J. S. Mill’s Encounter with India. – Review – book review
A. Martin Wainwright
J. S. Mill’s Encounter with India. Edited by Martin I. Moir, Douglas M. Peers, and Lynn Zastoupil. (Toronto: University of Toronto Press, 1999. Pp. xii, 264. $60.00.)
From 1823 to 1858, John Stuart Mill served the East India Company administration in London. In this book, the authors explore the impact of this career on Mill’s ideas and his influence on the East India Company’s policies in India. The early chapters address Mill’s positions in relation to contemporary philosophical and political movements. F. Rosen and Allison Dube refer to Eric Stokes’s The British Utilitarians in India (1959), which relegated Mill to a minor role in the subcontinent’s administration, dominated in the 1820s and 1830s by exponents of utilitarian philosophy. Rosen argues that Stokes mistakenly assumed that utilitarianism supported autocracy, thus marginalizing Mill’s more democratic ideas. Dube, by contrast, questions the extent to which Mill’s ideas were utilitarian, not because they were democratic, but because they were imperialist–a characteristic that she demonstrates ran counter to the thinking of utilitarianism’s founding philosopher, Jeremy Bentham. Javed Majeed, however, asserts that Mill laid a greater emphasis than his father and colleague, James Mill, on the importance of understanding and adapting policies to the context of Indian cultures.
The rest of the book assesses the impact of India on Mill and vice versa mainly through his despatches and correspondence, which, Martin I. Moir asserts, reflected Mill’s ideas in spite of alterations from other administrators. Robin Moore declares that Mill’s “watchword in relations with the [princely] states was caution” (88). The portrayal of Mill as a pragmatist permeates the rest of the book and is often contrasted with his colleagues’ more ideological stances. Nancy Gardner Cassel relates how Mill opposed excessive intervention in religious matters but approved of company intervention in what he considered to be quasi-religious violations of universal human rights, such as sati (widow burning) and thagi (ritual murder). Similarly, Douglas M. Peers uses Mill’s defense of the company during the rebellion of 1857 to demonstrate the primary position of security considerations in his policy opinions. Penelope Carson argues that Mill’s opinions in favor of moderating the extent of Westernization evolved gradually and were internally consistent. These ideas fit well with S. Ambirajan’s portrayal of Mill as a company man, who naturally approached Indian issues pragmatically. Lynn Zastoupil’s chapter is particularly interesting. It points to the influence on Mill’s philosophy not simply of his career at India House, but of the elements of Indian culture that he encountered in the course of his professional activity.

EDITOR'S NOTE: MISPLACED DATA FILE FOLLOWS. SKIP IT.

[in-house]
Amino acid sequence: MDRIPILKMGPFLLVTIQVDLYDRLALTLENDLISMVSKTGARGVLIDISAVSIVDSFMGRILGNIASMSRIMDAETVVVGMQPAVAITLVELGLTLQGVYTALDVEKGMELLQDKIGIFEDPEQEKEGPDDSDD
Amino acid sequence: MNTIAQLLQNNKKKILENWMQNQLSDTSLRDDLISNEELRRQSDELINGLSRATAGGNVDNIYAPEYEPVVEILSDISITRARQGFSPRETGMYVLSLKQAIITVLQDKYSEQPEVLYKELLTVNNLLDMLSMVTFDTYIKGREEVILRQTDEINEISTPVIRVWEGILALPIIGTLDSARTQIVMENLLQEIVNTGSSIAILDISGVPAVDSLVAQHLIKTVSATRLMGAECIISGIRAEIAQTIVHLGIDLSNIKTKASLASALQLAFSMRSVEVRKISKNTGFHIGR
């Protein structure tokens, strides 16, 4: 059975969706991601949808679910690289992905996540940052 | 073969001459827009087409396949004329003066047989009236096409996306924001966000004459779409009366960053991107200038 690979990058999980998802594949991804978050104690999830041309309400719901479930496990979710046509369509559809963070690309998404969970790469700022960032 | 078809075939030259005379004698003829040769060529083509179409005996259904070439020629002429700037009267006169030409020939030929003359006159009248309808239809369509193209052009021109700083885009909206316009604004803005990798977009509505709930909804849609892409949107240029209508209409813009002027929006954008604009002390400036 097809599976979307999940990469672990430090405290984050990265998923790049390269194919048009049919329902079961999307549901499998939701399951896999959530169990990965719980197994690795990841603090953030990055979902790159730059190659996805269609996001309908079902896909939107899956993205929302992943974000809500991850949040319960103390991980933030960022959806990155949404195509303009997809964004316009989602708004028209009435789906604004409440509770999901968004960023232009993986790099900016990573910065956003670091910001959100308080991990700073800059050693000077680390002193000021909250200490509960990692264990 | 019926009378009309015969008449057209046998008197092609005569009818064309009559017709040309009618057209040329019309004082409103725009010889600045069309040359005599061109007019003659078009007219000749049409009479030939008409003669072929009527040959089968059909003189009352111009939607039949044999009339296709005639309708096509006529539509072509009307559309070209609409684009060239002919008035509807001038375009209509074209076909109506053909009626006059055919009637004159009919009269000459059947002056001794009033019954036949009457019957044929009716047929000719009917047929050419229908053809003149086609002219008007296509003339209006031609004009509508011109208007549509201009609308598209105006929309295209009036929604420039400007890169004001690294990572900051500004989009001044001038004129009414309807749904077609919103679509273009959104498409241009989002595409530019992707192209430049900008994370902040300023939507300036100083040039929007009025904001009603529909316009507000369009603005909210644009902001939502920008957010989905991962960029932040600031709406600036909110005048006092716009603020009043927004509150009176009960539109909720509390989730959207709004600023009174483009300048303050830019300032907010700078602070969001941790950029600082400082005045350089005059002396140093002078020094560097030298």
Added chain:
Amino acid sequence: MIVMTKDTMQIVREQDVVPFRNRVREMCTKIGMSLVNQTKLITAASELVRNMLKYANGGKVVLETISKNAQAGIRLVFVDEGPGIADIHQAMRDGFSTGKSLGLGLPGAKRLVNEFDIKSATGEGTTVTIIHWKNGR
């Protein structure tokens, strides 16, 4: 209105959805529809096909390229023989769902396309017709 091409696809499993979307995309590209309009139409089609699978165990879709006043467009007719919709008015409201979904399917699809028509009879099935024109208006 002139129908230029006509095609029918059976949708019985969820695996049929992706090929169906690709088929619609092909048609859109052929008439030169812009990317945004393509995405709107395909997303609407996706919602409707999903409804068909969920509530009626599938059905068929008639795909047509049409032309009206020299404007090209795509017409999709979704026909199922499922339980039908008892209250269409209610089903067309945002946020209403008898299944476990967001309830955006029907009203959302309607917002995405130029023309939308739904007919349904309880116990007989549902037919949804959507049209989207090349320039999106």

The recent revival of scholarship on imperialism makes this book a timely addition to the literature. John Stuart Mill is so interesting, because, although he is often regarded as a champion of liberty and one of the greatest nineteenth-century Western philosophers, he spent most of his career serving an administration that exercised authoritarian rule over a culture that modern scholars might describe as the epitome of “the Other.” The authors of this series of thought-provoking essays avoid the temptation to condemn Mill simply for being a child of his times. Nevertheless, they employ modern methodologies to highlight the ways in which Mill’s long-distance encounter with India contributed to his uniqueness. This is an important book that should serve as a model for similar studies of prominent Westerners who encountered other cultures in an imperial context.
A. Martin Wainwright The University of Akron
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